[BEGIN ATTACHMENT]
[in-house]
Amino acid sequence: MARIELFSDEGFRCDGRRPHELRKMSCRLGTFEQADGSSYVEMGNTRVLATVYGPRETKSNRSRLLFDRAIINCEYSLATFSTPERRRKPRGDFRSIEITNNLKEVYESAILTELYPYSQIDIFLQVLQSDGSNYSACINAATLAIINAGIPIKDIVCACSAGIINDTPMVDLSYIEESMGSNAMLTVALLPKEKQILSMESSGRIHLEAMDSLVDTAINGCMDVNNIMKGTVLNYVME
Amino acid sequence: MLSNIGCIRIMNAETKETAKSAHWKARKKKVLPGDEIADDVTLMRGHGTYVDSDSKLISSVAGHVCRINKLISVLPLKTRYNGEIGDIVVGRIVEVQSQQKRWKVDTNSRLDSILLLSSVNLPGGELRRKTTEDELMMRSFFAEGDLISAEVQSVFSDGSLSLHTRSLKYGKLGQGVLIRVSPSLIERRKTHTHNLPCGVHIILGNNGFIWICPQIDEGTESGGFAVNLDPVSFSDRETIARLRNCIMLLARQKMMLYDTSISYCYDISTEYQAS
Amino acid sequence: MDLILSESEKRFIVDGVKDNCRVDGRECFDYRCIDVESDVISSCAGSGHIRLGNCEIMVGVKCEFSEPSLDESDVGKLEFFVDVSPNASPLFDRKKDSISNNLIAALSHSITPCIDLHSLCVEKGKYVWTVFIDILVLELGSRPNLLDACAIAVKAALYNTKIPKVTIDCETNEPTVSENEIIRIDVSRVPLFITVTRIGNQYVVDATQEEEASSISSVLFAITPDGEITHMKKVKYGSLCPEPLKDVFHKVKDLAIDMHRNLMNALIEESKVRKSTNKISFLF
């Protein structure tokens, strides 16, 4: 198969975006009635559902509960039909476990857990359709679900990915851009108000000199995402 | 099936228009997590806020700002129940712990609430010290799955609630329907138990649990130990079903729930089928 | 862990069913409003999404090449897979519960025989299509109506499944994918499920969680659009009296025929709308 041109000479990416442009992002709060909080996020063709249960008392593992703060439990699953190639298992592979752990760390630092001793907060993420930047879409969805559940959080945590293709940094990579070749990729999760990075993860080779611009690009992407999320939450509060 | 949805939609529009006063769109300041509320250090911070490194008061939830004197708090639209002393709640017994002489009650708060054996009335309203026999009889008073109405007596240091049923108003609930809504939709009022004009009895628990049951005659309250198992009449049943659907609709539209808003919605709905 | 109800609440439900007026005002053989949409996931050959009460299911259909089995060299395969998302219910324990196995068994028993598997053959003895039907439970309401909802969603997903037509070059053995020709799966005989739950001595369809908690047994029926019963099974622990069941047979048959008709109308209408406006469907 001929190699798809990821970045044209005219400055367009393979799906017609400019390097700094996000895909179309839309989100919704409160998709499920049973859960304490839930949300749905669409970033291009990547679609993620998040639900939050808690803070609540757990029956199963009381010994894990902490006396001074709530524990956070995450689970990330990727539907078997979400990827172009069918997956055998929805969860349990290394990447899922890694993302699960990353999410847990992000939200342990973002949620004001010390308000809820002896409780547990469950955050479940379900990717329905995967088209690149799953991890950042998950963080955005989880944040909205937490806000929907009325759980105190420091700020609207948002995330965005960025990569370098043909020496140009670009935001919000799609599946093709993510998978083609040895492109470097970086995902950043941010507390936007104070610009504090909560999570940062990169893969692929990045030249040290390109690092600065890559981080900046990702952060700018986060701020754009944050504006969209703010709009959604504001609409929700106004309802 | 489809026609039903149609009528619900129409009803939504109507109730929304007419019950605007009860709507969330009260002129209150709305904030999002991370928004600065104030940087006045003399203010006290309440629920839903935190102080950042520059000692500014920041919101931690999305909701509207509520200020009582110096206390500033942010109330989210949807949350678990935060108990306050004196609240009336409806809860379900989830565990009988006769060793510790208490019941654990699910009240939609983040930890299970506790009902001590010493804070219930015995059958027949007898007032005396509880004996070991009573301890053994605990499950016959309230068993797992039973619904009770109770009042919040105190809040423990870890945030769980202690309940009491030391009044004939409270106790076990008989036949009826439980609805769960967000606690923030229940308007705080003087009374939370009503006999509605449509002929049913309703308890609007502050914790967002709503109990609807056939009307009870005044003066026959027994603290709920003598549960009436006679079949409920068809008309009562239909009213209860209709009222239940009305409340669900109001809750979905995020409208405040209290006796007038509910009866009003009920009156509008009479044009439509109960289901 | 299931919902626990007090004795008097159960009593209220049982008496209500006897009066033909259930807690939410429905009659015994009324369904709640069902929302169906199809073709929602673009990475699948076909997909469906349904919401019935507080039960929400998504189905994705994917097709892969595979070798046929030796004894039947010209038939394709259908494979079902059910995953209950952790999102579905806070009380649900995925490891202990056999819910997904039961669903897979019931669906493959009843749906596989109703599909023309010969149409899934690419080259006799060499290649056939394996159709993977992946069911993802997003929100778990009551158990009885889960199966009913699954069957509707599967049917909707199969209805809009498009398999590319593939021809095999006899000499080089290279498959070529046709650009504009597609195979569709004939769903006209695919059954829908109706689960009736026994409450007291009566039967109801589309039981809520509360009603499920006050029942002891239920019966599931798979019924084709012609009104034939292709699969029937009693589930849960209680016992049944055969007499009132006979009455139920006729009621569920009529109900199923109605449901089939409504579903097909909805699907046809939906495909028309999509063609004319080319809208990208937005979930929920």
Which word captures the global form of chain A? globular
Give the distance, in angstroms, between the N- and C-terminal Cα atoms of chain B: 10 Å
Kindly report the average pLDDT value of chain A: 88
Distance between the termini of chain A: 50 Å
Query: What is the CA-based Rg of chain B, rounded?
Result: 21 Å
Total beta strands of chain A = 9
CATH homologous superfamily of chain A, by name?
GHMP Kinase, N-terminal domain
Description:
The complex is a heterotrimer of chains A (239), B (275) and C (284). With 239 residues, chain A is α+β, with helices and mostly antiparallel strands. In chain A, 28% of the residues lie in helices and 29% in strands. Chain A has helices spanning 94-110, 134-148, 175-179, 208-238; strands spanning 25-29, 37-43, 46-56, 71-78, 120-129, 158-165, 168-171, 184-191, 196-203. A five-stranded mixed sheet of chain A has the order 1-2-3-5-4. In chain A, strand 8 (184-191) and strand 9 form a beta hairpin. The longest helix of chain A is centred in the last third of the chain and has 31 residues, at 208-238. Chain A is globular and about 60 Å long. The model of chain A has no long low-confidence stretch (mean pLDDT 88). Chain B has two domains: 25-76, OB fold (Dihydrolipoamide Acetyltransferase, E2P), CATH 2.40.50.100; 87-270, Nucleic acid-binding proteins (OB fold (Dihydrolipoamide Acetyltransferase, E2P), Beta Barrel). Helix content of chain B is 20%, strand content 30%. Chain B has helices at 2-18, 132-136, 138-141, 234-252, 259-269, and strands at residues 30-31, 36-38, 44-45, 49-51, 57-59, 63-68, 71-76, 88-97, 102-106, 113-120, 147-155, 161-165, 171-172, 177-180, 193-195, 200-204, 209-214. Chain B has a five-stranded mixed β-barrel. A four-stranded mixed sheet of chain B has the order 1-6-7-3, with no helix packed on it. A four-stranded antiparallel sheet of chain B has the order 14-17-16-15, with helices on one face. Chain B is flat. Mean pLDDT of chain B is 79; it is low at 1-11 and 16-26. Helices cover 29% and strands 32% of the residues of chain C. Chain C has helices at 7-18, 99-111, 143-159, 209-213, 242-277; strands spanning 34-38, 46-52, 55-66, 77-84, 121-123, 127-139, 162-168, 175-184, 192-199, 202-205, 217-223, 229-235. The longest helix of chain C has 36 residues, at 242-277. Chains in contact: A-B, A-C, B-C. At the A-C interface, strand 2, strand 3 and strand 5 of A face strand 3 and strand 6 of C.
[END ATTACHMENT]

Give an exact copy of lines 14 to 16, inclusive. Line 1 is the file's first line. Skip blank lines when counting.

GHMP Kinase, N-terminal domain
Description:
The complex is a heterotrimer of chains A (239), B (275) and C (284). With 239 residues, chain A is α+β, with helices and mostly antiparallel strands. In chain A, 28% of the residues lie in helices and 29% in strands. Chain A has helices spanning 94-110, 134-148, 175-179, 208-238; strands spanning 25-29, 37-43, 46-56, 71-78, 120-129, 158-165, 168-171, 184-191, 196-203. A five-stranded mixed sheet of chain A has the order 1-2-3-5-4. In chain A, strand 8 (184-191) and strand 9 form a beta hairpin. The longest helix of chain A is centred in the last third of the chain and has 31 residues, at 208-238. Chain A is globular and about 60 Å long. The model of chain A has no long low-confidence stretch (mean pLDDT 88). Chain B has two domains: 25-76, OB fold (Dihydrolipoamide Acetyltransferase, E2P), CATH 2.40.50.100; 87-270, Nucleic acid-binding proteins (OB fold (Dihydrolipoamide Acetyltransferase, E2P), Beta Barrel). Helix content of chain B is 20%, strand content 30%. Chain B has helices at 2-18, 132-136, 138-141, 234-252, 259-269, and strands at residues 30-31, 36-38, 44-45, 49-51, 57-59, 63-68, 71-76, 88-97, 102-106, 113-120, 147-155, 161-165, 171-172, 177-180, 193-195, 200-204, 209-214. Chain B has a five-stranded mixed β-barrel. A four-stranded mixed sheet of chain B has the order 1-6-7-3, with no helix packed on it. A four-stranded antiparallel sheet of chain B has the order 14-17-16-15, with helices on one face. Chain B is flat. Mean pLDDT of chain B is 79; it is low at 1-11 and 16-26. Helices cover 29% and strands 32% of the residues of chain C. Chain C has helices at 7-18, 99-111, 143-159, 209-213, 242-277; strands spanning 34-38, 46-52, 55-66, 77-84, 121-123, 127-139, 162-168, 175-184, 192-199, 202-205, 217-223, 229-235. The longest helix of chain C has 36 residues, at 242-277. Chains in contact: A-B, A-C, B-C. At the A-C interface, strand 2, strand 3 and strand 5 of A face strand 3 and strand 6 of C.